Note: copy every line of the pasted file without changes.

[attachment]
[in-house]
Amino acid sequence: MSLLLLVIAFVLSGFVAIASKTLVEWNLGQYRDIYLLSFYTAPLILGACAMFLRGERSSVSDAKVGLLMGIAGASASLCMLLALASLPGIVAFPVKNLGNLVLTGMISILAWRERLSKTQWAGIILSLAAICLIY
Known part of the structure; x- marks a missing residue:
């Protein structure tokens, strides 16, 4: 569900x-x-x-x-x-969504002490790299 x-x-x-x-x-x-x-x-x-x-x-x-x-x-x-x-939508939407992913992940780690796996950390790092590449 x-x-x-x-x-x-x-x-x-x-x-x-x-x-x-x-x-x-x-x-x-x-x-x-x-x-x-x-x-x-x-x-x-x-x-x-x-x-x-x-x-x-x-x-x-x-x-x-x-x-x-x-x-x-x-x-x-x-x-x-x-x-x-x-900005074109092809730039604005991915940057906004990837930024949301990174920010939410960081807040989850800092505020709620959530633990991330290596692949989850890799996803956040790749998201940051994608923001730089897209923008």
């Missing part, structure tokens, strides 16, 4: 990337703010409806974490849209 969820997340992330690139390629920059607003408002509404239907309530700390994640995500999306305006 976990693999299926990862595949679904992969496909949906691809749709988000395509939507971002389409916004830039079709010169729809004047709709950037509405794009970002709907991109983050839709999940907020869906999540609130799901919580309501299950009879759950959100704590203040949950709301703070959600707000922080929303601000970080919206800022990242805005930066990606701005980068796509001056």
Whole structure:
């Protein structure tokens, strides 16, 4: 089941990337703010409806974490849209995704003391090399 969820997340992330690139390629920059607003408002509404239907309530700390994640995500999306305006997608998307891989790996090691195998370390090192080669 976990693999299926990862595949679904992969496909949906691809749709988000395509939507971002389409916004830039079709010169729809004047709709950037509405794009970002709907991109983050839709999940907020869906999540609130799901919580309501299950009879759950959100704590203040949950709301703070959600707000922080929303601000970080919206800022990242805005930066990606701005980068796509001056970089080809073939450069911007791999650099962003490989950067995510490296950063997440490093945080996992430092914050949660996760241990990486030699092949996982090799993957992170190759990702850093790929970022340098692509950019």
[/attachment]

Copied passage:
[in-house]
Amino acid sequence: MSLLLLVIAFVLSGFVAIASKTLVEWNLGQYRDIYLLSFYTAPLILGACAMFLRGERSSVSDAKVGLLMGIAGASASLCMLLALASLPGIVAFPVKNLGNLVLTGMISILAWRERLSKTQWAGIILSLAAICLIY
Known part of the structure; x- marks a missing residue:
């Protein structure tokens, strides 16, 4: 569900x-x-x-x-x-969504002490790299 x-x-x-x-x-x-x-x-x-x-x-x-x-x-x-x-939508939407992913992940780690796996950390790092590449 x-x-x-x-x-x-x-x-x-x-x-x-x-x-x-x-x-x-x-x-x-x-x-x-x-x-x-x-x-x-x-x-x-x-x-x-x-x-x-x-x-x-x-x-x-x-x-x-x-x-x-x-x-x-x-x-x-x-x-x-x-x-x-x-900005074109092809730039604005991915940057906004990837930024949301990174920010939410960081807040989850800092505020709620959530633990991330290596692949989850890799996803956040790749998201940051994608923001730089897209923008």
């Missing part, structure tokens, strides 16, 4: 990337703010409806974490849209 969820997340992330690139390629920059607003408002509404239907309530700390994640995500999306305006 976990693999299926990862595949679904992969496909949906691809749709988000395509939507971002389409916004830039079709010169729809004047709709950037509405794009970002709907991109983050839709999940907020869906999540609130799901919580309501299950009879759950959100704590203040949950709301703070959600707000922080929303601000970080919206800022990242805005930066990606701005980068796509001056």
Whole structure:
């Protein structure tokens, strides 16, 4: 089941990337703010409806974490849209995704003391090399 969820997340992330690139390629920059607003408002509404239907309530700390994640995500999306305006997608998307891989790996090691195998370390090192080669 976990693999299926990862595949679904992969496909949906691809749709988000395509939507971002389409916004830039079709010169729809004047709709950037509405794009970002709907991109983050839709999940907020869906999540609130799901919580309501299950009879759950959100704590203040949950709301703070959600707000922080929303601000970080919206800022990242805005930066990606701005980068796509001056970089080809073939450069911007791999650099962003490989950067995510490296950063997440490093945080996992430092914050949660996760241990990486030699092949996982090799993957992170190759990702850093790929970022340098692509950019």